Surving the Sundarbans

PhotographerAnupam Chanda
PrizeHonorable Mention
Entry Description

The largest delta on the planet The Sundarbans is a demanding home to those who live there. It requires much to survive, regardless of gender. This huge delta is a geo-morphological and hydrological wonder making living there a feat to document. The approx 300 tigers that live here are part of the Sundarbans mystery, it is here in these thick masses of tree roots, writhing mud, and hungry water that tigers stalk humans as prey. The Sunderbans is famous for its tiger attacks and is one of the only areas in the world where 'man eaters' exist in their natural habitat in close proximity to humans. On of the best place to capture human survival.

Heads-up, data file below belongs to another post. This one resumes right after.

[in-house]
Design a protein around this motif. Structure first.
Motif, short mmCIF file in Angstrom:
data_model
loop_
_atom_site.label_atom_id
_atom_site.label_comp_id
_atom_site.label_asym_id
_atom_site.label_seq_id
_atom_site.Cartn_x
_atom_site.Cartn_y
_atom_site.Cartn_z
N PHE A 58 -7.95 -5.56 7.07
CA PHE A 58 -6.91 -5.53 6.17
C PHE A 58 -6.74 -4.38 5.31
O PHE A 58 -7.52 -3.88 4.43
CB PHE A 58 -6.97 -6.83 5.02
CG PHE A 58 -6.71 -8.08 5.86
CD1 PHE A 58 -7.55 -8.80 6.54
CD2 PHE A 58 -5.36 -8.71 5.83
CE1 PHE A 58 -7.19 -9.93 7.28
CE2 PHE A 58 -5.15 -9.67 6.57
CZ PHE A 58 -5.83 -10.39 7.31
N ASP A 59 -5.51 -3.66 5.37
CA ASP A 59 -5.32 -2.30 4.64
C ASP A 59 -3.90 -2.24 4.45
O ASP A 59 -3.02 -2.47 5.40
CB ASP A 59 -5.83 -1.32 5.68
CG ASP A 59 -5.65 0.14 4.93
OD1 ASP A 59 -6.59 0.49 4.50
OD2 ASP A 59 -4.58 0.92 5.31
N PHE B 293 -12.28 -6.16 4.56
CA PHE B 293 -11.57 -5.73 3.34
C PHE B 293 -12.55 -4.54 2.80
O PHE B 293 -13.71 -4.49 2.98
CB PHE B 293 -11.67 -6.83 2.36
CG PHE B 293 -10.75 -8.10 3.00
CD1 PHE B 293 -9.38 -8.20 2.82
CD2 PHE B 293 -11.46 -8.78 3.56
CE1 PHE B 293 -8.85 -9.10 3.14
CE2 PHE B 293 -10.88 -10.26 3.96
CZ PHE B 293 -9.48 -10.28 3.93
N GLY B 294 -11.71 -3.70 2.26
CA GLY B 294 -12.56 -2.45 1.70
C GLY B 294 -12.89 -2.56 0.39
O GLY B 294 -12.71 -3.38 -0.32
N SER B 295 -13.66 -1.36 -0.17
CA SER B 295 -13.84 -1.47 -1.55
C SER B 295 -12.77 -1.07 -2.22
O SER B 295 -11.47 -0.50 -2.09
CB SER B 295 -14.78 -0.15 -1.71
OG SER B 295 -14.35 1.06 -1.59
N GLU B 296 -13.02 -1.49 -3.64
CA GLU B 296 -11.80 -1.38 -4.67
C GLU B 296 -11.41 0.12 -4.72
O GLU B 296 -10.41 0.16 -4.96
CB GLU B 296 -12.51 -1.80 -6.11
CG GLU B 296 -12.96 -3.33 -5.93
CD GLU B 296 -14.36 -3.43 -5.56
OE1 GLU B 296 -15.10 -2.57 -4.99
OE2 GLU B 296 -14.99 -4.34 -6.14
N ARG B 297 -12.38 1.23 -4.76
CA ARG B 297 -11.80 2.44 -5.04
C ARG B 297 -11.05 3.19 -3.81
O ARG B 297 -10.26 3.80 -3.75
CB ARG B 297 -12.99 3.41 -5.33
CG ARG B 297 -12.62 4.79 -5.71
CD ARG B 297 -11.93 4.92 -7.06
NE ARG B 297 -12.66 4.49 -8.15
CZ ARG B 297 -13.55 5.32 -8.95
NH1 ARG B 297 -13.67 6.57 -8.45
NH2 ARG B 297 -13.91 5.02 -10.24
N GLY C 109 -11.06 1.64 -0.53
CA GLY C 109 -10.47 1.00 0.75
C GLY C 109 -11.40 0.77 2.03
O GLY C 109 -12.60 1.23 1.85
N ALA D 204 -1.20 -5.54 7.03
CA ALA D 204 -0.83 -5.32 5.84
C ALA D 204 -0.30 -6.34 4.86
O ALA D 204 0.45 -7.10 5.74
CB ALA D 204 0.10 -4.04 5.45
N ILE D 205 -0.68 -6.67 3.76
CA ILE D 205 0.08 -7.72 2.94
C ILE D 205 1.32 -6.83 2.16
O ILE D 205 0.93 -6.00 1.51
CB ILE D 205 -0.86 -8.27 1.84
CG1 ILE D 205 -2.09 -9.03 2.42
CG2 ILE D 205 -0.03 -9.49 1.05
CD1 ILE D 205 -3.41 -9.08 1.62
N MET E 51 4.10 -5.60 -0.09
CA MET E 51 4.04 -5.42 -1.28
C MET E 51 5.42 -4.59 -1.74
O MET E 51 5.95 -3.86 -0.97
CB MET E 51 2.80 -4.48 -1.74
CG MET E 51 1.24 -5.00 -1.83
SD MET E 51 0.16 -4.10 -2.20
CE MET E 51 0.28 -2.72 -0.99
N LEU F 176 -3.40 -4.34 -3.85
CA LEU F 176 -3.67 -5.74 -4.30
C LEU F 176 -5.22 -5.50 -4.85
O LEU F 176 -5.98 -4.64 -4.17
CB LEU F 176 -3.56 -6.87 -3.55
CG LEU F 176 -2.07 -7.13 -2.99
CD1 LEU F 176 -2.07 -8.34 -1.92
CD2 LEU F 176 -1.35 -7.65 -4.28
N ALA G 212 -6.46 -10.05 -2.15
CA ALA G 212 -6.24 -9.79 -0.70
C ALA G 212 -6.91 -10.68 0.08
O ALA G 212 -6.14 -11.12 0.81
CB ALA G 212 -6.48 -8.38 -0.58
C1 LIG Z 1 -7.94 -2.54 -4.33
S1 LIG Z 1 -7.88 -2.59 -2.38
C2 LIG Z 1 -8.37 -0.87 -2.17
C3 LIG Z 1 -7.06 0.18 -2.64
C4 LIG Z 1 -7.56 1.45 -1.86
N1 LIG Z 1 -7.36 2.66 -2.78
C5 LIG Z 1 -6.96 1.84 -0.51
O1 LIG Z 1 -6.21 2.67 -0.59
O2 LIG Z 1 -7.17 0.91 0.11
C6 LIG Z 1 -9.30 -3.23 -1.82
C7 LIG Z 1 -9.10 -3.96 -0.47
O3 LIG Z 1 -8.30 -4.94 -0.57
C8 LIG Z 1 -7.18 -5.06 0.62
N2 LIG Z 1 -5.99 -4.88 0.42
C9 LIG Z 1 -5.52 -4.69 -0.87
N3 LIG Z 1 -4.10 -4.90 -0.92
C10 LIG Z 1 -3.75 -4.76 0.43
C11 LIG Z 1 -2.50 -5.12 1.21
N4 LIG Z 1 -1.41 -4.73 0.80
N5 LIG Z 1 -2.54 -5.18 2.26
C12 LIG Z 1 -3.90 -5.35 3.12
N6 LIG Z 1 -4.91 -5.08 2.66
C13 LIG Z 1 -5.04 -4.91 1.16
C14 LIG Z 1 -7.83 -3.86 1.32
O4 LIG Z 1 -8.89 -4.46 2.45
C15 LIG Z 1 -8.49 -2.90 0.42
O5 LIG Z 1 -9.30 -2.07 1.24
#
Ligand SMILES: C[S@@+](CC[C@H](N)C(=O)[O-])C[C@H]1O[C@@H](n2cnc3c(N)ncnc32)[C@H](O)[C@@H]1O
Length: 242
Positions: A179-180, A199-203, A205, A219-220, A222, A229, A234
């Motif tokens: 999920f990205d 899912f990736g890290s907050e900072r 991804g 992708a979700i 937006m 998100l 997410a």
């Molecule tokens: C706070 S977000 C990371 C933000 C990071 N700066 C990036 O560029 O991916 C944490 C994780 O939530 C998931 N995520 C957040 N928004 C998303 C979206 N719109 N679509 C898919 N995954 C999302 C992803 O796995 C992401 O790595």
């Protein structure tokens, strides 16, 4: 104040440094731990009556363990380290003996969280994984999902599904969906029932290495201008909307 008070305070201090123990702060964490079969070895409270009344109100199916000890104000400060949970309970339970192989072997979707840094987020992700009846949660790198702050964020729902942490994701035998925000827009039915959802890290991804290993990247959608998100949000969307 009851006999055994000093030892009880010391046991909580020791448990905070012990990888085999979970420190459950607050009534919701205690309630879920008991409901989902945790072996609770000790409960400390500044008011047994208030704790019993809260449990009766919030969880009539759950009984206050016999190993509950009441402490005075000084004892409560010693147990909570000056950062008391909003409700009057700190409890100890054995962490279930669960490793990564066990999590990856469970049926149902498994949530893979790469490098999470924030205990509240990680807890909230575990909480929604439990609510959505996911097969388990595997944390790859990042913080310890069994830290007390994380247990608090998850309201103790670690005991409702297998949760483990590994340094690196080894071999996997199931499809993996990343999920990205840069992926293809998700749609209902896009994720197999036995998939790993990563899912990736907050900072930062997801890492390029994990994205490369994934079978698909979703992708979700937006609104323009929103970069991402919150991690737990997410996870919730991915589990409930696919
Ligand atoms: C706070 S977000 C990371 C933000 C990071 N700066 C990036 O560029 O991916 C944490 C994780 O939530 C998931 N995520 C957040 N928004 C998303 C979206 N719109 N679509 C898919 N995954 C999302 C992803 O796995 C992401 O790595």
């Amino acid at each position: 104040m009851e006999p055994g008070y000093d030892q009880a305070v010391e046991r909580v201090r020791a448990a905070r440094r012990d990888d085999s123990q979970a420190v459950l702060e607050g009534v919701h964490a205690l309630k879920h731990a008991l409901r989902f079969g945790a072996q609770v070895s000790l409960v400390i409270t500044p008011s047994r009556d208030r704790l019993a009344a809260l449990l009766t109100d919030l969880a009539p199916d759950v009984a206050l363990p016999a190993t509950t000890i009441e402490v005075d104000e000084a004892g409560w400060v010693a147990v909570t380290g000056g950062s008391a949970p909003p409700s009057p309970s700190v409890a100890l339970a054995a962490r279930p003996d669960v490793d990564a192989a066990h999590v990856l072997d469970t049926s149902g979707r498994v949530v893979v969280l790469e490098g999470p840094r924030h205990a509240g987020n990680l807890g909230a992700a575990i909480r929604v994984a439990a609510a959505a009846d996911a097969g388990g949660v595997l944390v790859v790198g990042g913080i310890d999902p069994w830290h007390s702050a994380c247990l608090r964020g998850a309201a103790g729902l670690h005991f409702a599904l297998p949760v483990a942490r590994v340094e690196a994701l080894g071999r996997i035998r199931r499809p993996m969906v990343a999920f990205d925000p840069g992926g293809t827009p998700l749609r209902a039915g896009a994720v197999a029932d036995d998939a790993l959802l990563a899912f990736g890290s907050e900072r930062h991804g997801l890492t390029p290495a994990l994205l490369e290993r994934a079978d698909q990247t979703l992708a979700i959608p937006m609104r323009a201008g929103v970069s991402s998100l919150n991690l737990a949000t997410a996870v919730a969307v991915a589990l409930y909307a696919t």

The largest delta on the planet The Sundarbans is a demanding home to those who live there. It requires much to survive, regardless of gender. Living and working in the Sundarbans is dangerous. And just as the men, women’s lives are equally challenging here. Their lives are shrouded mostly around prayers to Bonobibi, humility and gratitude, ingenuity, and tolerance, yet they do not have the power of the Goddess. The women of the Sundarbans are practically unknown outside their direct social relationships. Women here manage the household as usual and often help the family survive financially. Some of them cultivate on family plots while others fish. Prawn fishing is a particularly dangerous job. Women and children move through the waters waist or neck deep, dragging nets behind them to catch their prey. Each year there are cases of women and children lost to crocodiles and tigers but the battle to survive rages on. Sundarbans women tend to marry early , sometimes as early as twelve but when they lose husbands from tiger attacks, particularly if their husbands were not permitted to enter the forest to take fish/honey/wood, they often are forced out of their homes with their children and made to live in widow villages. Here they become sole providers for their families and take on the roles traditionally taken by the men - wood cutting, honey collecting, and fishing. Healthcare irrespective of socio-economic background is dependent on quacks for treatment over the rural healthcare providers for a number of reasons varying from geographical hazards to cost effectiveness. They are extremely popular for their proximity and patient's easy availability. Chronic poverty and most importantly a weak public healthcare system forces the majority of the population to depend & believe in alternate methods of health care. As we know Himalayan glaciers are receding rapidly due to global warming and the rate of retreat in the last three decades is over three times than the rate in earlier years . Glacier retreat has implications for downstream river flows which is reflected through lowering of salinity in Sundarbans. Tiger straying indicates that salinity is penetrating deeper into the forests with more and more tigers straying from south to north. Of the 104 islands 48 are left with forest cover only on their fringes and a tiger needs to ambush its prey before killing it. Due to less forest cover tigers are finding it difficult to hunt and are straying into villages for easy prey. Experts say a rise in salinity will further degrade the coastal water quality and reduce the overall system productivity.